Commonwealth Heritage List

Class

Historic

Legal Status

Listed Place (22/06/2004)

Place ID

105411

Place File No

1/12/041/0039

 

Summary Statement of Significance

 

The former Head Keeper's Cottage at Macquarie Lighthouse, dating mainly from 1836, is historically highly significant. It is directly associated with a very early Australian lightstation (separately registered, RNE 2519) and, for nearly 150 years, the Cottage played an important role in the safety of shipping using Australia's oldest port. (Criterion A4) (Themes: 3.8.1 Shipping to and from Australian ports, 3.16.1 Dealing with hazards and disasters, 8.12 Living in and around Australian homes)

 

The building is the oldest intact freestanding lightkeeper's quarters in Australia. Further, it provides material evidence of the changing living conditions of lighthouse keepers and their families over a lengthy period. (Criterion B.2)

 

The Cottage is a rare and important example of an 1830s government-built cottage residence, and the original and early fabric, both external and internal, contributes to this significance. (Criterion D.2)

 

The building is of added importance for its associations with several key nineteenth century architects: Francis Greenway, Mortimer Lewis and James Barnet. Rarely does a building have links with three such outstanding figues in Australia's architectural history. (Criteria H.1 and B.2)

 

Owing to its form, scale and materials, and its place within the balanced layout and spacing of the buildings that form the lightstation group, the Cottage contributes to the visual harmony of the lightstation precinct, and so possesses aesthetic significance. Significant too is the bare, windswept setting on top of dramatic sandstone cliffs. (Criterion E.1)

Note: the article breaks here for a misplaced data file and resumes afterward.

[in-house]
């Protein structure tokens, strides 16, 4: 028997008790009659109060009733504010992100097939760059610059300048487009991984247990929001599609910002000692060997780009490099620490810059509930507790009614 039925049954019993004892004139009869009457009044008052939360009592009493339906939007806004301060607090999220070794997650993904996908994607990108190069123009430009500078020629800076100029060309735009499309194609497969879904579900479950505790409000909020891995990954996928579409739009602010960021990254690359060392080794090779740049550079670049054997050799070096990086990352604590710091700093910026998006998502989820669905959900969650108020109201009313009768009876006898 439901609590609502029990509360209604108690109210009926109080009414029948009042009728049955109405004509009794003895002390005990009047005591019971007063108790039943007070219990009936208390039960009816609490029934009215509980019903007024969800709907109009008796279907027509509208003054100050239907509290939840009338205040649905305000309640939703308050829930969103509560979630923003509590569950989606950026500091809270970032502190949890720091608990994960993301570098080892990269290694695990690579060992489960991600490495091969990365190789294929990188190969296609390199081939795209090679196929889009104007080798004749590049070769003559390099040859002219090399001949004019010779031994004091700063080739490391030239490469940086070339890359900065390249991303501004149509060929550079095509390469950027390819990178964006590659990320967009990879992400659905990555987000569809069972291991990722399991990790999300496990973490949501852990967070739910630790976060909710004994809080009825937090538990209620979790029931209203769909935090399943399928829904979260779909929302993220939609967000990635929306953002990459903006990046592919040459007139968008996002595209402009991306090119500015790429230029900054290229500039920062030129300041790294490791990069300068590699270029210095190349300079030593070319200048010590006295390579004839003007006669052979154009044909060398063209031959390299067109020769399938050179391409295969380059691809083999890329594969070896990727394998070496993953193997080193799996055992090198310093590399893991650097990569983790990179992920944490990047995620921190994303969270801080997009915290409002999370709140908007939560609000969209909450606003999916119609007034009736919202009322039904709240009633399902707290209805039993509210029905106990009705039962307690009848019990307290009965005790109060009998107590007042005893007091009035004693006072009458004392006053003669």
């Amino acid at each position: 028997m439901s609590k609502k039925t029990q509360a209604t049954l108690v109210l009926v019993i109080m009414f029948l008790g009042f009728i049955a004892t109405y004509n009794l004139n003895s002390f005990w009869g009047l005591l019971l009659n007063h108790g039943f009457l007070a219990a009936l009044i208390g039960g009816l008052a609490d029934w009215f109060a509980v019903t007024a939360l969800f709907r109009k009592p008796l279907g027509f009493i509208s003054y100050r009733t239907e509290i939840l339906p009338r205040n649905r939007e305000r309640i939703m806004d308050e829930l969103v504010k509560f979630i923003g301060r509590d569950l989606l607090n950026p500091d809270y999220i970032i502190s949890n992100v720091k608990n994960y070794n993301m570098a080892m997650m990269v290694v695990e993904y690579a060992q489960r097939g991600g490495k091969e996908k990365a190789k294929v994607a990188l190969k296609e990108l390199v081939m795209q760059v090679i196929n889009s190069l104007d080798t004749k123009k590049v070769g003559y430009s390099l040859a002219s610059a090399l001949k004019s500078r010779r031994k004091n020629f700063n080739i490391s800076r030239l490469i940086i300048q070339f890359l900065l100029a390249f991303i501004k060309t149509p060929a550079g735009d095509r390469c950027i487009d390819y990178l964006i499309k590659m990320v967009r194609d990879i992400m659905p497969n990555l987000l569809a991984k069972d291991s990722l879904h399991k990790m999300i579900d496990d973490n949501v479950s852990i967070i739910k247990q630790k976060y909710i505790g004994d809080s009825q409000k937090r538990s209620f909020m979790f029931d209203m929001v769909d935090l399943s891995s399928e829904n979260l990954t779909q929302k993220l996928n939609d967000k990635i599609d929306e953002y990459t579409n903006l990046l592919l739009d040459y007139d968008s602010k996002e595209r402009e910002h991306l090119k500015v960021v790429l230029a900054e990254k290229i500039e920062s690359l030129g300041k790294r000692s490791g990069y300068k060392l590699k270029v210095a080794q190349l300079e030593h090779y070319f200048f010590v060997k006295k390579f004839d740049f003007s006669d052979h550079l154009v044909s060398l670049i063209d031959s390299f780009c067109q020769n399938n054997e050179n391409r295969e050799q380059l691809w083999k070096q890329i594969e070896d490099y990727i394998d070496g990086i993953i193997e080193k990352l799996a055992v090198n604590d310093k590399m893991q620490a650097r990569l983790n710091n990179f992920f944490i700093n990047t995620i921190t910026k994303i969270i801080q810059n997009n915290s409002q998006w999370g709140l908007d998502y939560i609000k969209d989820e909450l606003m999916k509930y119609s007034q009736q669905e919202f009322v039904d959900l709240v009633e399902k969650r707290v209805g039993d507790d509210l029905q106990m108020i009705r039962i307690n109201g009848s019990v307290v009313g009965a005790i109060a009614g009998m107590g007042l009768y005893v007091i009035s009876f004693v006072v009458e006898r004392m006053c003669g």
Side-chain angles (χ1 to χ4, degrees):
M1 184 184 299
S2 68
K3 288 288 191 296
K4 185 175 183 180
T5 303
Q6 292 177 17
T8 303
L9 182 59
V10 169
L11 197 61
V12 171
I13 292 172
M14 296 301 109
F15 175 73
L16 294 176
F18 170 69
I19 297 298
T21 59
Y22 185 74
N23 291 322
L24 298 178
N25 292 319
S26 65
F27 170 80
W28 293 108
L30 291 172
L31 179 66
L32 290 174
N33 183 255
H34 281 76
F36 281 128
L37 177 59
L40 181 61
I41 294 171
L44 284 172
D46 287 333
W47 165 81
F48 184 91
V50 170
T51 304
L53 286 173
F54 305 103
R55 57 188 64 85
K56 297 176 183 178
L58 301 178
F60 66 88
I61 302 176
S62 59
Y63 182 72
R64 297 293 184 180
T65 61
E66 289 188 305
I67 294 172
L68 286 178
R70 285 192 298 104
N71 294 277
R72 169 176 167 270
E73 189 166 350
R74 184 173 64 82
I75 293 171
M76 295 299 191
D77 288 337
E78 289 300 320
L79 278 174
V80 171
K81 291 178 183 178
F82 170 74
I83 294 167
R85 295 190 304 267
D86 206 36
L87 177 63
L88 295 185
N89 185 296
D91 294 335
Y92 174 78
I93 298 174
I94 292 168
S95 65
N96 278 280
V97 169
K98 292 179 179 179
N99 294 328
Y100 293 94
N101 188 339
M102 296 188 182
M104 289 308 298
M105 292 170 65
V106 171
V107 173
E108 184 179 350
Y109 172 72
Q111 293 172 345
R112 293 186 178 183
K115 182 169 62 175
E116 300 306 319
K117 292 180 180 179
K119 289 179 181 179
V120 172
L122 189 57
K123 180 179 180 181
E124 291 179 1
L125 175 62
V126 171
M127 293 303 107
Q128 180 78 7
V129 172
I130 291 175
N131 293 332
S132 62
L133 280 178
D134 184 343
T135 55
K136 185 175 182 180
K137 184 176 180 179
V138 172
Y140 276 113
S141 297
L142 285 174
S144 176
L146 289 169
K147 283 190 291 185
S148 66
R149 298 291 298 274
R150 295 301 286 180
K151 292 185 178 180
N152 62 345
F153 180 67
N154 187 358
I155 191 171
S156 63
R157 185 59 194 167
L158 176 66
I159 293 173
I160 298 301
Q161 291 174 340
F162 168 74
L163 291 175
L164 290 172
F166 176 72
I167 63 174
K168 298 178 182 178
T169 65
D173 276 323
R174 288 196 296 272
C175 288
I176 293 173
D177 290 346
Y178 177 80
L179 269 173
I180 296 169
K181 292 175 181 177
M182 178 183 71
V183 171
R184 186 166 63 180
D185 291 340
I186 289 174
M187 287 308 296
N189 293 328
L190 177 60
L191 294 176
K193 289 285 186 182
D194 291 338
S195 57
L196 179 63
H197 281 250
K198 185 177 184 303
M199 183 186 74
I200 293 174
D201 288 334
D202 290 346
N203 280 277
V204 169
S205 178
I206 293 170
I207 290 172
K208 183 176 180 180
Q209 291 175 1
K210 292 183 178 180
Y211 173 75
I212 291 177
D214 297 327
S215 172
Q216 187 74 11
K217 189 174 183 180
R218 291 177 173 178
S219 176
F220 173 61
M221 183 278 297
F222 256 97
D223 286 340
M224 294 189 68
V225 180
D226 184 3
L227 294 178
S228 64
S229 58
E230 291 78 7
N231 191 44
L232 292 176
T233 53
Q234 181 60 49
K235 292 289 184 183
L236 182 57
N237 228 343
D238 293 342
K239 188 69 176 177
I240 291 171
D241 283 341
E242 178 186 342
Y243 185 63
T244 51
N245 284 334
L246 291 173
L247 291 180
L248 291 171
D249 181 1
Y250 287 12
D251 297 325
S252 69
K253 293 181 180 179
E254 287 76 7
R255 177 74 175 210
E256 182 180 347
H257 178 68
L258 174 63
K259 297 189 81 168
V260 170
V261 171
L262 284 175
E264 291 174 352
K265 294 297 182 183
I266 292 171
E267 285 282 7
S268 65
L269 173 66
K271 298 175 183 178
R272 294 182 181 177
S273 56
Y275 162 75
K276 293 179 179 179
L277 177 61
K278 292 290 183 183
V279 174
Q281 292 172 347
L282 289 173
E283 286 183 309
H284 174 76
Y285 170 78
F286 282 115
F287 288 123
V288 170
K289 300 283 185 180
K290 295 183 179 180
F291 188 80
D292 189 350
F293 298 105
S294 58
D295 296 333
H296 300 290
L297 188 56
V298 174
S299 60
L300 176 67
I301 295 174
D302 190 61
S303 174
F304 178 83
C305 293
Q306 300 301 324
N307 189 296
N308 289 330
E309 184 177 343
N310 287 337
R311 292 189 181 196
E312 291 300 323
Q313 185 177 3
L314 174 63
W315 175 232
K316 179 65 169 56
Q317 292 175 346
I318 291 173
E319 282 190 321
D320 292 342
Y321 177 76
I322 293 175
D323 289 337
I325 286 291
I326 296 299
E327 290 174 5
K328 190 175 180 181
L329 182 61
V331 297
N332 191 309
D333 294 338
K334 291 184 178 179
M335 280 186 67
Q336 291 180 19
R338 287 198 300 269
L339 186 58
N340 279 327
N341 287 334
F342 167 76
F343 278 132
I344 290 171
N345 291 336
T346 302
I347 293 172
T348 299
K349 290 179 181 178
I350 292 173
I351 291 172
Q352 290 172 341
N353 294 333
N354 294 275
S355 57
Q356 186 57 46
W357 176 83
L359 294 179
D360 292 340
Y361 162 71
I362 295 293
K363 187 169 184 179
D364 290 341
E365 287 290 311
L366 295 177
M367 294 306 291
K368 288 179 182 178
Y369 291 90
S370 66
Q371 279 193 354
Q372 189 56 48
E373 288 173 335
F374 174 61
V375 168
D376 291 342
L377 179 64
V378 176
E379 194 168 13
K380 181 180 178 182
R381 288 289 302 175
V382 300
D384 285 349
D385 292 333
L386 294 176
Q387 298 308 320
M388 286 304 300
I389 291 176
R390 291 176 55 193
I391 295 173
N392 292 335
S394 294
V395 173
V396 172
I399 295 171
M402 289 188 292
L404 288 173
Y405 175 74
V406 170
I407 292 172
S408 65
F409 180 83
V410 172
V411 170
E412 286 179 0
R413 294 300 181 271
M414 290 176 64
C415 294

Official Values

 

Criterion A Processes

 

The former Head Keeper's Cottage at Macquarie Lighthouse, dating mainly from 1836, is historically highly significant. It is directly associated with a very early Australian lightstation and, for nearly 150 years, the Cottage played an important role in the safety of shipping using Australia's oldest port.

 

Attributes

All of the historic fabric and setting of the cottage.

 

Criterion B Rarity

 

The building is the oldest intact freestanding lightkeeper's quarters in Australia. Further, it provides material evidence of the changing living conditions of lighthouse keepers and their families over a lengthy period. The building is of added importance for its associations with several key nineteenth century architects: Francis Greenway, Mortimer Lewis and James Barnet. Rarely does a building have links with three such outstanding figures in Australia's architectural history.

 

Attributes

All of the historic fabric and setting of the cottage, plus fabric that demonstrates changing living conditions of lighthouse keepers and their families over time.

 

 

Criterion D Characteristic values

 

The Cottage is a rare and important example of an 1830s government-built cottage residence, and the original and early fabric, both external and internal, contributes to this significance.

 

Attributes

The original and early fabric, both external and internal.

 

Criterion E Aesthetic characteristics

 

Owing to its form, scale and materials, and its place within the balanced layout and spacing of the buildings that form the lightstation group, the Cottage contributes to the visual harmony of the lightstation precinct, and so possesses aesthetic significance. Significant too is the bare, windswept setting on top of dramatic sandstone cliffs.

 

Attributes

The cottage's form scale and materials and setting, plus its relationship to other buildings in the lightstation precinct.

 

Criterion H Significant people

 

The building is of added importance for its associations with several key nineteenth century architects: Francis Greenway, Mortimer Lewis and James Barnet. Rarely does a building have links with three such outstanding figures in Australia's architectural history.

 

Attributes